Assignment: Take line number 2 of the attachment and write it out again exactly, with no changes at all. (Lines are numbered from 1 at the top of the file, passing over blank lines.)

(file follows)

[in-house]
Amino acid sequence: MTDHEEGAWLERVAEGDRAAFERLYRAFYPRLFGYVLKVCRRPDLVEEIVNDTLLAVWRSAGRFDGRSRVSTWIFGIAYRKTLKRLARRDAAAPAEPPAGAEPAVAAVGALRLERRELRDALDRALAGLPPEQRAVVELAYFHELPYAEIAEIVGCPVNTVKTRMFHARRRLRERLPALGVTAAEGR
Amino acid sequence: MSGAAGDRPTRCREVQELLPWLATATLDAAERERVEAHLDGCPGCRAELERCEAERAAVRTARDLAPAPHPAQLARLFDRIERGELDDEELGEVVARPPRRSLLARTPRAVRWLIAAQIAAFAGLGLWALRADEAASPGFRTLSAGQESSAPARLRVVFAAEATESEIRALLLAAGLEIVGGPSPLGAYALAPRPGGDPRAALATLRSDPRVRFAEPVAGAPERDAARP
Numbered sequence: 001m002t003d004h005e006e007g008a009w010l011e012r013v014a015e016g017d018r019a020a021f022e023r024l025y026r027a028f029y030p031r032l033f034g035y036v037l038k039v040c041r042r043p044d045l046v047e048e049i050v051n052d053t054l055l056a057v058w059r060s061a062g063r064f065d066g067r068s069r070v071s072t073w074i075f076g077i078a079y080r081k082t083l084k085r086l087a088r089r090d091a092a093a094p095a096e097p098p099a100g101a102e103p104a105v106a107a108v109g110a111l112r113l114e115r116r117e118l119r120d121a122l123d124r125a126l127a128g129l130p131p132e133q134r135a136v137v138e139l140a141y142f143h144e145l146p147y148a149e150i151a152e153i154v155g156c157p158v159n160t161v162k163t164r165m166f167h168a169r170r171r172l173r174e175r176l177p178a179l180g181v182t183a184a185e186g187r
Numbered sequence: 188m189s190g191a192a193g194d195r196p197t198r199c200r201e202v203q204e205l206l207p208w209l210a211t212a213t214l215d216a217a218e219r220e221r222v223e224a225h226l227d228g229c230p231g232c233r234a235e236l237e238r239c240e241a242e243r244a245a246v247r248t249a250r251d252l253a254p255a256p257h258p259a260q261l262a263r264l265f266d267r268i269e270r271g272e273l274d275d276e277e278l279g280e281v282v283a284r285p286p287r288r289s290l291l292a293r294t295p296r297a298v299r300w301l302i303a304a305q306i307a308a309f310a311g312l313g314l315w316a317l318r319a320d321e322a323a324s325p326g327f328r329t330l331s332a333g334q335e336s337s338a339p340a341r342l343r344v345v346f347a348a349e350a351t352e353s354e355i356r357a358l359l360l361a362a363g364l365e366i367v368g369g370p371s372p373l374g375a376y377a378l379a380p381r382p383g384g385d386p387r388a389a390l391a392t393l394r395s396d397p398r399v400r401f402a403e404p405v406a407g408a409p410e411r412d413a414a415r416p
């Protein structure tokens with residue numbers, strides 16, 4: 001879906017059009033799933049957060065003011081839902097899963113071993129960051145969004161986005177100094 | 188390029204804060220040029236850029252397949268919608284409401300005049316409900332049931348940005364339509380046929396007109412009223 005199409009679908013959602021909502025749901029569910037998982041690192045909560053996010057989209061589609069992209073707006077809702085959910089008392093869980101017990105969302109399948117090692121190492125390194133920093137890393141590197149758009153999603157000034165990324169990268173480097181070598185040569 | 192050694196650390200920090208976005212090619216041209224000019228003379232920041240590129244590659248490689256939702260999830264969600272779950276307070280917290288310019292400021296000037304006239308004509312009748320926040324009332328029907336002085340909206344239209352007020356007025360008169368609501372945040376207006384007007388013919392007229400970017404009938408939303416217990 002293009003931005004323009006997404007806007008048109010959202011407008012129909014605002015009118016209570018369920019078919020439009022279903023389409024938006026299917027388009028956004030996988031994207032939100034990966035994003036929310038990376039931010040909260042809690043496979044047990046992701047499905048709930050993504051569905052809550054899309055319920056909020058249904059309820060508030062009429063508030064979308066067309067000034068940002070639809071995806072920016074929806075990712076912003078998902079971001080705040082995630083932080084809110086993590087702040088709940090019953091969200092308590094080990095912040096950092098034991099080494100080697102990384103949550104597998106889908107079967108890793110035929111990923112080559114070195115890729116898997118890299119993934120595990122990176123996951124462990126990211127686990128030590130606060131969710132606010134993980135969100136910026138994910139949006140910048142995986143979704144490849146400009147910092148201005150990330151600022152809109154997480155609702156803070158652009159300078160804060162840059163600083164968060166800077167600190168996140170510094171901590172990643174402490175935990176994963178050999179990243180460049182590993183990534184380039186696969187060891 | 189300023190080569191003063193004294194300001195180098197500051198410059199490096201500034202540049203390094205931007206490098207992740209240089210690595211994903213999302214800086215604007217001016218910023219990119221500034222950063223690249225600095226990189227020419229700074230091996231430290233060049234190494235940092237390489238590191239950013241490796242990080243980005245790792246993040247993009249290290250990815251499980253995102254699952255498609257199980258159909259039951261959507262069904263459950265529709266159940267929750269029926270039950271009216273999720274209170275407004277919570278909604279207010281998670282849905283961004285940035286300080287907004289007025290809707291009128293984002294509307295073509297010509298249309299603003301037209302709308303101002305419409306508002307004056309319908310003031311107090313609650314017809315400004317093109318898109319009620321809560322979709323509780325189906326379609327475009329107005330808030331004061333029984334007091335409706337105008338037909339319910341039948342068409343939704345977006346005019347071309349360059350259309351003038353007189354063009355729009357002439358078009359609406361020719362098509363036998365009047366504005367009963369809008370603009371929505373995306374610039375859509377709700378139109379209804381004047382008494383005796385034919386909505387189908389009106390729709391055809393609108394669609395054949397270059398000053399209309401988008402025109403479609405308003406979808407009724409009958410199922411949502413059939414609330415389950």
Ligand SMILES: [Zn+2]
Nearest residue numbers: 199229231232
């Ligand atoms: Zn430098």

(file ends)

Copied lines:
Amino acid sequence: MTDHEEGAWLERVAEGDRAAFERLYRAFYPRLFGYVLKVCRRPDLVEEIVNDTLLAVWRSAGRFDGRSRVSTWIFGIAYRKTLKRLARRDAAAPAEPPAGAEPAVAAVGALRLERRELRDALDRALAGLPPEQRAVVELAYFHELPYAEIAEIVGCPVNTVKTRMFHARRRLRERLPALGVTAAEGR